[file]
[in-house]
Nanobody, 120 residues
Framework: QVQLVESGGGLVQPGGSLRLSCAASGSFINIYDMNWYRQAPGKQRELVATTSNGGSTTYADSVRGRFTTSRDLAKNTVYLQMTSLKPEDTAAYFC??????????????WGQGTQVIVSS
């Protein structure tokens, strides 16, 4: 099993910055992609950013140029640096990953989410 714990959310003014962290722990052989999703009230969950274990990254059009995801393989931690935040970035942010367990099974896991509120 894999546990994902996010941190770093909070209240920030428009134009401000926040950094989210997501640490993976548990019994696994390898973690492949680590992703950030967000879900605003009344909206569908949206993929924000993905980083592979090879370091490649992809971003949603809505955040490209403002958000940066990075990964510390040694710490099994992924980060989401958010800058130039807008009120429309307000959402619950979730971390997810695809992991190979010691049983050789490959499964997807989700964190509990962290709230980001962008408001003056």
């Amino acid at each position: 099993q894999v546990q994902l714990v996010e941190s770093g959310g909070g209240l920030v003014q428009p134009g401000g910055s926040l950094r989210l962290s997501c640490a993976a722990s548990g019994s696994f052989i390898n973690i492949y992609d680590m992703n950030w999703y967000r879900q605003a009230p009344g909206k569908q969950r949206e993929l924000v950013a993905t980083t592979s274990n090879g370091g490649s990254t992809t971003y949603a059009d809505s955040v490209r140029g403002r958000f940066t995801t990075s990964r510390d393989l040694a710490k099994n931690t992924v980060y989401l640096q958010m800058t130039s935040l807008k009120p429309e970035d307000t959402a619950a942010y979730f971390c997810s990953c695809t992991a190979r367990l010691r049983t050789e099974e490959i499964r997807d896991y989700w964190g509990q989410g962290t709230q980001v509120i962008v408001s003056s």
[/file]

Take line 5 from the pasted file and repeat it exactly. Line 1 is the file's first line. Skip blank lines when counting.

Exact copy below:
């Amino acid at each position: 099993q894999v546990q994902l714990v996010e941190s770093g959310g909070g209240l920030v003014q428009p134009g401000g910055s926040l950094r989210l962290s997501c640490a993976a722990s548990g019994s696994f052989i390898n973690i492949y992609d680590m992703n950030w999703y967000r879900q605003a009230p009344g909206k569908q969950r949206e993929l924000v950013a993905t980083t592979s274990n090879g370091g490649s990254t992809t971003y949603a059009d809505s955040v490209r140029g403002r958000f940066t995801t990075s990964r510390d393989l040694a710490k099994n931690t992924v980060y989401l640096q958010m800058t130039s935040l807008k009120p429309e970035d307000t959402a619950a942010y979730f971390c997810s990953c695809t992991a190979r367990l010691r049983t050789e099974e490959i499964r997807d896991y989700w964190g509990q989410g962290t709230q980001v509120i962008v408001s003056s």